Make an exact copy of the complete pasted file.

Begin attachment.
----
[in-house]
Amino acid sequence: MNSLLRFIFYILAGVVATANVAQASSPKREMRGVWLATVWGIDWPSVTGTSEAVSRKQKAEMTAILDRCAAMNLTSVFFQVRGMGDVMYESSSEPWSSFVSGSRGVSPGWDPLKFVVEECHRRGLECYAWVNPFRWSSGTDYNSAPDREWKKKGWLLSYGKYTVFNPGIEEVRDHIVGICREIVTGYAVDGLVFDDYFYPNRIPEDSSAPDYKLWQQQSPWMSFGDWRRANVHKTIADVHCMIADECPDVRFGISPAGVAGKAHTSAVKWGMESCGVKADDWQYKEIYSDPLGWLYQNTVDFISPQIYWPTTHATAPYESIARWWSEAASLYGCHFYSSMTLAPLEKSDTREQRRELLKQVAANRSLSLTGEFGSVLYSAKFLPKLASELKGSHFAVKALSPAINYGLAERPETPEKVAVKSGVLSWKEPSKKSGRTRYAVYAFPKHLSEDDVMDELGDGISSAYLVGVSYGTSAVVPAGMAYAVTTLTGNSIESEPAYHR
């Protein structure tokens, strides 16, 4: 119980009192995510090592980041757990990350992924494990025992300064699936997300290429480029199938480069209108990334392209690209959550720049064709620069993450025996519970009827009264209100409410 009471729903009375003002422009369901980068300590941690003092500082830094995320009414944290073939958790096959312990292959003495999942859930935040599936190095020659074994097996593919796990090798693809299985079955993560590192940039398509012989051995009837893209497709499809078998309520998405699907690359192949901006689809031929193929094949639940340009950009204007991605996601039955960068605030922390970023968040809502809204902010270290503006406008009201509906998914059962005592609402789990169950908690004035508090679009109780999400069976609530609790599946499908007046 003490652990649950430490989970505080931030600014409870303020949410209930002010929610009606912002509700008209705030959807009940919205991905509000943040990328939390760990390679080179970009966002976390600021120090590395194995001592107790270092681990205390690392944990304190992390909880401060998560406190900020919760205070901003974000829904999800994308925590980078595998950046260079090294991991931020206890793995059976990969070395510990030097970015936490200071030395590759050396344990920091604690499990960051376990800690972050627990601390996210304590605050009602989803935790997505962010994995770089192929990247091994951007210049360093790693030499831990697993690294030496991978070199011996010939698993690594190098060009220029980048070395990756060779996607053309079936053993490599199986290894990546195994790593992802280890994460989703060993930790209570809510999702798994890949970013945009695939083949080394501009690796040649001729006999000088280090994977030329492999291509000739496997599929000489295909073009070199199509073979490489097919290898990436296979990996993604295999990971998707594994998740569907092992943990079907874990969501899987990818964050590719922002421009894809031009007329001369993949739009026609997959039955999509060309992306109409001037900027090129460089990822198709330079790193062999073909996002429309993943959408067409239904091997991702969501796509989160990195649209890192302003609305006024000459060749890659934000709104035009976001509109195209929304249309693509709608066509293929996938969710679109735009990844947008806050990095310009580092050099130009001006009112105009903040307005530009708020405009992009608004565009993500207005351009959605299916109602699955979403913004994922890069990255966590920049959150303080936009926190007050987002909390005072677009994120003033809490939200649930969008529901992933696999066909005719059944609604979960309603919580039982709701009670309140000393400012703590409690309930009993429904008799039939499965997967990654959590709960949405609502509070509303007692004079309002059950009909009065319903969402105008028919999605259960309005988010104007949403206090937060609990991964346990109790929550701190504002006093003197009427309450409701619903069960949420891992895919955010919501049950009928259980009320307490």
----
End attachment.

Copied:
[in-house]
Amino acid sequence: MNSLLRFIFYILAGVVATANVAQASSPKREMRGVWLATVWGIDWPSVTGTSEAVSRKQKAEMTAILDRCAAMNLTSVFFQVRGMGDVMYESSSEPWSSFVSGSRGVSPGWDPLKFVVEECHRRGLECYAWVNPFRWSSGTDYNSAPDREWKKKGWLLSYGKYTVFNPGIEEVRDHIVGICREIVTGYAVDGLVFDDYFYPNRIPEDSSAPDYKLWQQQSPWMSFGDWRRANVHKTIADVHCMIADECPDVRFGISPAGVAGKAHTSAVKWGMESCGVKADDWQYKEIYSDPLGWLYQNTVDFISPQIYWPTTHATAPYESIARWWSEAASLYGCHFYSSMTLAPLEKSDTREQRRELLKQVAANRSLSLTGEFGSVLYSAKFLPKLASELKGSHFAVKALSPAINYGLAERPETPEKVAVKSGVLSWKEPSKKSGRTRYAVYAFPKHLSEDDVMDELGDGISSAYLVGVSYGTSAVVPAGMAYAVTTLTGNSIESEPAYHR
């Protein structure tokens, strides 16, 4: 119980009192995510090592980041757990990350992924494990025992300064699936997300290429480029199938480069209108990334392209690209959550720049064709620069993450025996519970009827009264209100409410 009471729903009375003002422009369901980068300590941690003092500082830094995320009414944290073939958790096959312990292959003495999942859930935040599936190095020659074994097996593919796990090798693809299985079955993560590192940039398509012989051995009837893209497709499809078998309520998405699907690359192949901006689809031929193929094949639940340009950009204007991605996601039955960068605030922390970023968040809502809204902010270290503006406008009201509906998914059962005592609402789990169950908690004035508090679009109780999400069976609530609790599946499908007046 003490652990649950430490989970505080931030600014409870303020949410209930002010929610009606912002509700008209705030959807009940919205991905509000943040990328939390760990390679080179970009966002976390600021120090590395194995001592107790270092681990205390690392944990304190992390909880401060998560406190900020919760205070901003974000829904999800994308925590980078595998950046260079090294991991931020206890793995059976990969070395510990030097970015936490200071030395590759050396344990920091604690499990960051376990800690972050627990601390996210304590605050009602989803935790997505962010994995770089192929990247091994951007210049360093790693030499831990697993690294030496991978070199011996010939698993690594190098060009220029980048070395990756060779996607053309079936053993490599199986290894990546195994790593992802280890994460989703060993930790209570809510999702798994890949970013945009695939083949080394501009690796040649001729006999000088280090994977030329492999291509000739496997599929000489295909073009070199199509073979490489097919290898990436296979990996993604295999990971998707594994998740569907092992943990079907874990969501899987990818964050590719922002421009894809031009007329001369993949739009026609997959039955999509060309992306109409001037900027090129460089990822198709330079790193062999073909996002429309993943959408067409239904091997991702969501796509989160990195649209890192302003609305006024000459060749890659934000709104035009976001509109195209929304249309693509709608066509293929996938969710679109735009990844947008806050990095310009580092050099130009001006009112105009903040307005530009708020405009992009608004565009993500207005351009959605299916109602699955979403913004994922890069990255966590920049959150303080936009926190007050987002909390005072677009994120003033809490939200649930969008529901992933696999066909005719059944609604979960309603919580039982709701009670309140000393400012703590409690309930009993429904008799039939499965997967990654959590709960949405609502509070509303007692004079309002059950009909009065319903969402105008028919999605259960309005988010104007949403206090937060609990991964346990109790929550701190504002006093003197009427309450409701619903069960949420891992895919955010919501049950009928259980009320307490």